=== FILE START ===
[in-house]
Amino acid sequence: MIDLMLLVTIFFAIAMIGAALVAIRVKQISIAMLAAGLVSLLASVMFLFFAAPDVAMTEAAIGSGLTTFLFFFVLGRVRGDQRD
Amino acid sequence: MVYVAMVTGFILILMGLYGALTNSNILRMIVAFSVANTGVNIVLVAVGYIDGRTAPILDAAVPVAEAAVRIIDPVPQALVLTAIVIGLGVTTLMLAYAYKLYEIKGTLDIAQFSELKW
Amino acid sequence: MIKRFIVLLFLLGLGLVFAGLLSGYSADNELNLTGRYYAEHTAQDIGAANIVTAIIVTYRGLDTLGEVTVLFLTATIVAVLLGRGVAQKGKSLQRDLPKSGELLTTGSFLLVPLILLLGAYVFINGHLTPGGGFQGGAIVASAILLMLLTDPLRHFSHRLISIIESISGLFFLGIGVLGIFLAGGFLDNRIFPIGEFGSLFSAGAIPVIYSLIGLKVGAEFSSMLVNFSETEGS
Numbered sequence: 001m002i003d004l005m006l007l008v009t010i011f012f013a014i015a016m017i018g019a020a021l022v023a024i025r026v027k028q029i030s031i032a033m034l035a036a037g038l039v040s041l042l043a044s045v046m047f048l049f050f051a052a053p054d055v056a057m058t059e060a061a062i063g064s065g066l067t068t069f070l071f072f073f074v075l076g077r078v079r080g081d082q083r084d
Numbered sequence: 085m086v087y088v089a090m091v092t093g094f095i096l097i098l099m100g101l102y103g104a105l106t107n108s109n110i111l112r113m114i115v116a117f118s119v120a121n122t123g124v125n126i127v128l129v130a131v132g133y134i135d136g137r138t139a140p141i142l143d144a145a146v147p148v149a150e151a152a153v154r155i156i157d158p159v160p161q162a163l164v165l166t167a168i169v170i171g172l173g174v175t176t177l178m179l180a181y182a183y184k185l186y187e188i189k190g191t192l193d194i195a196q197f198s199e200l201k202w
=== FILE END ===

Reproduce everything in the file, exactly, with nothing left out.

[in-house]
Amino acid sequence: MIDLMLLVTIFFAIAMIGAALVAIRVKQISIAMLAAGLVSLLASVMFLFFAAPDVAMTEAAIGSGLTTFLFFFVLGRVRGDQRD
Amino acid sequence: MVYVAMVTGFILILMGLYGALTNSNILRMIVAFSVANTGVNIVLVAVGYIDGRTAPILDAAVPVAEAAVRIIDPVPQALVLTAIVIGLGVTTLMLAYAYKLYEIKGTLDIAQFSELKW
Amino acid sequence: MIKRFIVLLFLLGLGLVFAGLLSGYSADNELNLTGRYYAEHTAQDIGAANIVTAIIVTYRGLDTLGEVTVLFLTATIVAVLLGRGVAQKGKSLQRDLPKSGELLTTGSFLLVPLILLLGAYVFINGHLTPGGGFQGGAIVASAILLMLLTDPLRHFSHRLISIIESISGLFFLGIGVLGIFLAGGFLDNRIFPIGEFGSLFSAGAIPVIYSLIGLKVGAEFSSMLVNFSETEGS
Numbered sequence: 001m002i003d004l005m006l007l008v009t010i011f012f013a014i015a016m017i018g019a020a021l022v023a024i025r026v027k028q029i030s031i032a033m034l035a036a037g038l039v040s041l042l043a044s045v046m047f048l049f050f051a052a053p054d055v056a057m058t059e060a061a062i063g064s065g066l067t068t069f070l071f072f073f074v075l076g077r078v079r080g081d082q083r084d
Numbered sequence: 085m086v087y088v089a090m091v092t093g094f095i096l097i098l099m100g101l102y103g104a105l106t107n108s109n110i111l112r113m114i115v116a117f118s119v120a121n122t123g124v125n126i127v128l129v130a131v132g133y134i135d136g137r138t139a140p141i142l143d144a145a146v147p148v149a150e151a152a153v154r155i156i157d158p159v160p161q162a163l164v165l166t167a168i169v170i171g172l173g174v175t176t177l178m179l180a181y182a183y184k185l186y187e188i189k190g191t192l193d194i195a196q197f198s199e200l201k202w